Due to Boyo having a couple of sick days this week, I’ve had an unexpected glimpse into the life of a SAHM again. I spent five years at home full time with Boyo, and started working part time a few months after he started his first year of primary school. I work school hours, which means I not only get to do the school run every day but also that I miss peak hour on public transport too. Phew!
During the last couple of days, I’ve had to do some of the things I used to do as a SAHM. Doctor’s visits, trips to supermarkets and shopping centres during the traditional working day. I have always been a big supporter of the very hardworking and often underappreciated SAHM, but my respect has been renewed over these last couple of days.
No, not to do with the extra time I’ve had to hang out with Boyo, do laundry, prepare meals and spring clean the house – that bit I’ve actually enjoyed. It’s stuff I do every day anyway (with the exception of the cooking – that’s the Welshman’s domain). It’s been fabulous to be able to do three loads of washing during the day and hang it outside where it has enough time to actually dry, so my house is not festooned with drying washing. Oh, this part I’m loving!
What has triggered my newly found respect for the SAHM is how much of their time they spend with other people. and the annoyances that must surely ensue.
On two quick trips out, I had the following annoying experiences that SAHMs deal with on a daily basis:
Supermarket spruikers who call you “Mum”
Yes, I understand that you’re trying to get my attention and yelling “Hey you” probably isn’t terribly effective, but Mum? Really? I’m considerably older than you, but under no circumstances am I your mother. Please do not patronise me. I know a university education is very expensive nowadays, and that you have to earn some money somehow, but might I suggest pissing off your potential customers is not smart marketing practice.
Old People Parking
Dear gods, how do some of these elderly people still have a license? It is common sense that if you wish to pull into a car space that I am reversing out of, then you might like to leave me enough room to actually get out of the damned park. Usual rules apply in car parks too, just quietly. I can just imagine your indignation should a young person sail through a zebra crossing whilst you’re attempting to cross it. You might like to bear that in mind the next time you blithely drive through one, respected elder citizen.
Driving in General
I don’t drive very often. I have an 11 year old car with about 50,000 kms on it. When we’re out and about in the weekend, the Welshman tends to drive. When I do drive, it’s a bit of a well worn circuit to and from the school, after school activities, via the occasional shopping centre. I am shocked at how terrible the average driver is. How hard is it to indicate so people have some idea of your intended actions? Is it particularly difficult to drive at the speed limit? I’m not sure if too fast is worse than too slow. A very special mention to the nutter who pulled out into moving traffic, causing me to slam on my brakes, and then drove 15 km/h below the speed limit before turning left from the right hand lane without indicating.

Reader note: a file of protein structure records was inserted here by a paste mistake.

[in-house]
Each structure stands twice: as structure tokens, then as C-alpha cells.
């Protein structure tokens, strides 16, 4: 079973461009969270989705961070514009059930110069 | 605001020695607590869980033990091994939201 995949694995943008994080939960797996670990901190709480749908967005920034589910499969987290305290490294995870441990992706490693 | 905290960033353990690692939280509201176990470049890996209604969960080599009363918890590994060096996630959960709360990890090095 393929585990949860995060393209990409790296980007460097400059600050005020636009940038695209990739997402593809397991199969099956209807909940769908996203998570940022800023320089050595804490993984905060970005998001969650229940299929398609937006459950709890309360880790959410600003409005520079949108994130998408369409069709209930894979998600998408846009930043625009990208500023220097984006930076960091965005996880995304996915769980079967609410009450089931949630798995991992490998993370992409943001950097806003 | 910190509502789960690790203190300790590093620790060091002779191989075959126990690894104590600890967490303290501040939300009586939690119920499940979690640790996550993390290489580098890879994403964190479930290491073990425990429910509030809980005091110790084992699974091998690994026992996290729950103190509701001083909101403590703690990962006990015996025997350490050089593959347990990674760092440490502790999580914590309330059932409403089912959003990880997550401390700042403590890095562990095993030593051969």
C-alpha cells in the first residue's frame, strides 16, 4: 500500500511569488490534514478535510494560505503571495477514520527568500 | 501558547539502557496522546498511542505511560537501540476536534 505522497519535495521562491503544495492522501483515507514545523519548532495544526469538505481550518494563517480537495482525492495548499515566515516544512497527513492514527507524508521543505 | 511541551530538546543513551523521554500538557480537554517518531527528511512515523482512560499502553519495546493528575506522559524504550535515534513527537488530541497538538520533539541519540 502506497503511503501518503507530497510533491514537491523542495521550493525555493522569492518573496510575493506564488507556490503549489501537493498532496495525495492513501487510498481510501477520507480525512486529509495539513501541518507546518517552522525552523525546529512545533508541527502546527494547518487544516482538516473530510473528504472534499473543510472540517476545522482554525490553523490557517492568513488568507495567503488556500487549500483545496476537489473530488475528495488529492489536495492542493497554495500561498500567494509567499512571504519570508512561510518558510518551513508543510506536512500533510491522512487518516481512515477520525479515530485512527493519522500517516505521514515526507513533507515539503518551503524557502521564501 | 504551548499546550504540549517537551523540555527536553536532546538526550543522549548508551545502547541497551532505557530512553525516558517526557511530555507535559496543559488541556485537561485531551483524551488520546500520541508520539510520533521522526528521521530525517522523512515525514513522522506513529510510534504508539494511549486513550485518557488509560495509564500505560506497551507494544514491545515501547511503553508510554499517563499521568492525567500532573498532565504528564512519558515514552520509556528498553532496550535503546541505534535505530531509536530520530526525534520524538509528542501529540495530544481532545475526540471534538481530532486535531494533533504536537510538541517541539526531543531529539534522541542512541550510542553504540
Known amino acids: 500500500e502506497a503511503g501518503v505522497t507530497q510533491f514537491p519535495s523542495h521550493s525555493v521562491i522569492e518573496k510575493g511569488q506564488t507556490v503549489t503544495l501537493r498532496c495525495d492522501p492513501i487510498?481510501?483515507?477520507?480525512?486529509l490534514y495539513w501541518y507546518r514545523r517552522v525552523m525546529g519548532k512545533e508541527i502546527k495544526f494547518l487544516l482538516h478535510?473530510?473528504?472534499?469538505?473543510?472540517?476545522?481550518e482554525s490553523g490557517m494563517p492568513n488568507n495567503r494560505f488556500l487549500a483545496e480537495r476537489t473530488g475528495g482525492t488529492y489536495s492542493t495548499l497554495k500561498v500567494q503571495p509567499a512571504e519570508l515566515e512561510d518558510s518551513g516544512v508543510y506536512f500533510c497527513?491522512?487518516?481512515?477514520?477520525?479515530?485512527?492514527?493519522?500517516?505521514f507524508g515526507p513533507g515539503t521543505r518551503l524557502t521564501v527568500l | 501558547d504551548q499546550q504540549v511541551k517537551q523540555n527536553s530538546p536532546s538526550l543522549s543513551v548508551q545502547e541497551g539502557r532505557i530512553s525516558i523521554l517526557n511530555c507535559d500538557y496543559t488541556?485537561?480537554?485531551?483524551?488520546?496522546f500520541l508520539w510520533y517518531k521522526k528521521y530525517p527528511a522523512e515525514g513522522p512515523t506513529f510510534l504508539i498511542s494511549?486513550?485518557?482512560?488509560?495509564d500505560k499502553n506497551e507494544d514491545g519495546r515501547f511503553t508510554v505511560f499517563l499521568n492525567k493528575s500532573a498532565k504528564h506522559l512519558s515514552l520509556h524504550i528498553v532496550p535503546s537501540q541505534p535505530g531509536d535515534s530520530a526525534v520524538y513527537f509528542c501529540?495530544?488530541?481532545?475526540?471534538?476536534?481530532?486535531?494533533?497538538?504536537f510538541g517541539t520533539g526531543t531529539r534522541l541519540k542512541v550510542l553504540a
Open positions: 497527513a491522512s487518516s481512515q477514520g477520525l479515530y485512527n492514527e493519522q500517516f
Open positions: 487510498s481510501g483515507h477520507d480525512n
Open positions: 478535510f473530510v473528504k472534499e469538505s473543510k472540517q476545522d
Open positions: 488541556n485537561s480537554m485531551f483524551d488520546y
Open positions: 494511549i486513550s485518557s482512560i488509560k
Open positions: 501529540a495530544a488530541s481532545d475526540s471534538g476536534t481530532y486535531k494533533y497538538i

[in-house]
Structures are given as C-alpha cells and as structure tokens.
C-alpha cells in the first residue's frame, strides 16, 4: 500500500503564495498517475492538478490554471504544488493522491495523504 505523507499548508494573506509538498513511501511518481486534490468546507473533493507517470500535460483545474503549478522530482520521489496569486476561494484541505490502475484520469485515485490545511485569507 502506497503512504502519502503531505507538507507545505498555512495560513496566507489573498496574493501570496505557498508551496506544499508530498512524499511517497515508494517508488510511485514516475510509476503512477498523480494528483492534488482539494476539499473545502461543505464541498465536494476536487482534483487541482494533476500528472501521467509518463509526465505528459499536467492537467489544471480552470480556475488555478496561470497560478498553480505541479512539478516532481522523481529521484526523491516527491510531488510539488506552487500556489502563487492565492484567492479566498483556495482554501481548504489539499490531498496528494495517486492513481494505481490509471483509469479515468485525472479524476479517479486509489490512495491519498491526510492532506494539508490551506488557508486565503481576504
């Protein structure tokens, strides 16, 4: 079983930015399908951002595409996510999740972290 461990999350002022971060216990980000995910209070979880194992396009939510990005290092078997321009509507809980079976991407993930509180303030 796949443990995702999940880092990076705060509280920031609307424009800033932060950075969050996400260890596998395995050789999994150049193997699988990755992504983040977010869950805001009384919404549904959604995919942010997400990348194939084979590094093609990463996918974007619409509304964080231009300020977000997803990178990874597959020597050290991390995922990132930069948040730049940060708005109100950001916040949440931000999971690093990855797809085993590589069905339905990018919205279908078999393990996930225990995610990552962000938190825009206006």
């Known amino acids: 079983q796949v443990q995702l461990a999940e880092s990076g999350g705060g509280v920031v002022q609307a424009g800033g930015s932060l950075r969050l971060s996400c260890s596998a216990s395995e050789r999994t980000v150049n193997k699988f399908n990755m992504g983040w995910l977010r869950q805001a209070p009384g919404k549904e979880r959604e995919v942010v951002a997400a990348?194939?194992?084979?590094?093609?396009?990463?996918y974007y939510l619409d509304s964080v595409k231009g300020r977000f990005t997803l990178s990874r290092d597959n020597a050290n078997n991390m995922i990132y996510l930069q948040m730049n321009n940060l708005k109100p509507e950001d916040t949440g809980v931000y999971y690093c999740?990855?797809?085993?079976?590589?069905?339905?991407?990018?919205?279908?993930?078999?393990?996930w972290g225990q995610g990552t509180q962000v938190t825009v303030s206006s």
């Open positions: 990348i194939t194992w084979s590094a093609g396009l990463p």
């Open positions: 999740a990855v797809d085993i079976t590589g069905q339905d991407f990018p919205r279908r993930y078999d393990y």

I’m well known for my ability to fill any spare silence with some inane chatter, but I must have had “please talk to me” tattooed on my forehead today. My quick dash through the supermarket to grab something for dinner (chicken tacos, actually) and some milk, bread, vegetables, toothbrushes and bananas was filled with little opportunities for chat. Yes, I am buying a lot of green vegies and carrots, actually. They’re for my bunny. No, he’s not just a very tall preschooler. He’s actually 8 and in Year 3 but is a bit sick today. No, I’m aware he doesn’t look very sick. Yes, I’m aware he should be at home if he’s sick. No, he’s not infectious. Actually, I have no idea how much this is / where that is located / why they don’t stock this anymore. I don’t actually work here. That’s why I’m not wearing a uniform and why I’m pushing a trolley.
I had to take Boyo to the doctors. With some trepidation, I ventured to the local bulk billing medical centre, after my GP was fully booked out. Oh my gods. Medical centres are truly the tenth circle of hell. There are sniffers without tissues, sleeve wipers, scratch itchers (that may have been Boyo actually, until I noticed), uncovered coughers, many leggings-as-pants wearers, and other such fabulous creatures. My absolute favourite had to be the group of dodgy looking men who loudly and rudely whinged about noisy children. Um, the reason the children are noisy, dude, is that they are crying because they are sick and in pain. That’s how babies communicate. It’s probably even the reason they’re at this charming establishment. Your helpful comments made one poor mother shrink into her seat even further. If they hadn’t been quite so dodgy looking, I would have taken them on.
I’ve taken about three calls a day from charities, wanting me to donate. I’m not anti-charity or anti-donations, and I know many charities are doing it particularly tough at the moment. As a couple, we chose a charity to donate to monthly many years ago and we still do this now. But, five or six calls in two days? What gives with that? Luckily, I didn’t have a baby to be woken up by a charity caller anymore.
SAHMs of the world, I salute you! You do a very hard and often thankless task day in and day out, and just dipping my toes back into your world for a few days has renewed my respect for what you do, and what you have to put up with.
Are you a SAHM? Do you find these things annoying too? Maybe I’m just premenstrual this week!
I’m linking up with Kate Says Stuff for Thankful Thursday.
I’m thankful for my former days as a SAHM. Just quietly, I’m thankful for my fab job that enables me to work and be a school run mum too.
What are you thankful for this week?